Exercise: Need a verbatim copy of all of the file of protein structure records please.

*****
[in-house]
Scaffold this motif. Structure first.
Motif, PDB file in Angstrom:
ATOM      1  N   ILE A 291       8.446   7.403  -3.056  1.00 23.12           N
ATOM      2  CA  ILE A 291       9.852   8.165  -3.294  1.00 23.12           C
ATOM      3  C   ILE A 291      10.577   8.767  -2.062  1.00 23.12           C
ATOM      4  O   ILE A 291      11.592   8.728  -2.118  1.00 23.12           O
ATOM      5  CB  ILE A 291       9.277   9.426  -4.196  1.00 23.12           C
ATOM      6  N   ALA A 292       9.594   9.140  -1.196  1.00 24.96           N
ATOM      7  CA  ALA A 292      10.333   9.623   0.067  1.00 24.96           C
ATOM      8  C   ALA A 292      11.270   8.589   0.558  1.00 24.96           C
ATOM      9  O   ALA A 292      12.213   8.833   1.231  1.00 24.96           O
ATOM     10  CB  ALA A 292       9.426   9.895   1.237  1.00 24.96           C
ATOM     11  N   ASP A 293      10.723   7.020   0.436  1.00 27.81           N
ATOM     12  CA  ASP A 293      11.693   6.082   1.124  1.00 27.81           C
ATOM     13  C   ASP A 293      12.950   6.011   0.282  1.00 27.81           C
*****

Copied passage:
[in-house]
Scaffold this motif. Structure first.
Motif, PDB file in Angstrom:
ATOM      1  N   ILE A 291       8.446   7.403  -3.056  1.00 23.12           N
ATOM      2  CA  ILE A 291       9.852   8.165  -3.294  1.00 23.12           C
ATOM      3  C   ILE A 291      10.577   8.767  -2.062  1.00 23.12           C
ATOM      4  O   ILE A 291      11.592   8.728  -2.118  1.00 23.12           O
ATOM      5  CB  ILE A 291       9.277   9.426  -4.196  1.00 23.12           C
ATOM      6  N   ALA A 292       9.594   9.140  -1.196  1.00 24.96           N
ATOM      7  CA  ALA A 292      10.333   9.623   0.067  1.00 24.96           C
ATOM      8  C   ALA A 292      11.270   8.589   0.558  1.00 24.96           C
ATOM      9  O   ALA A 292      12.213   8.833   1.231  1.00 24.96           O
ATOM     10  CB  ALA A 292       9.426   9.895   1.237  1.00 24.96           C
ATOM     11  N   ASP A 293      10.723   7.020   0.436  1.00 27.81           N
ATOM     12  CA  ASP A 293      11.693   6.082   1.124  1.00 27.81           C
ATOM     13  C   ASP A 293      12.950   6.011   0.282  1.00 27.81           C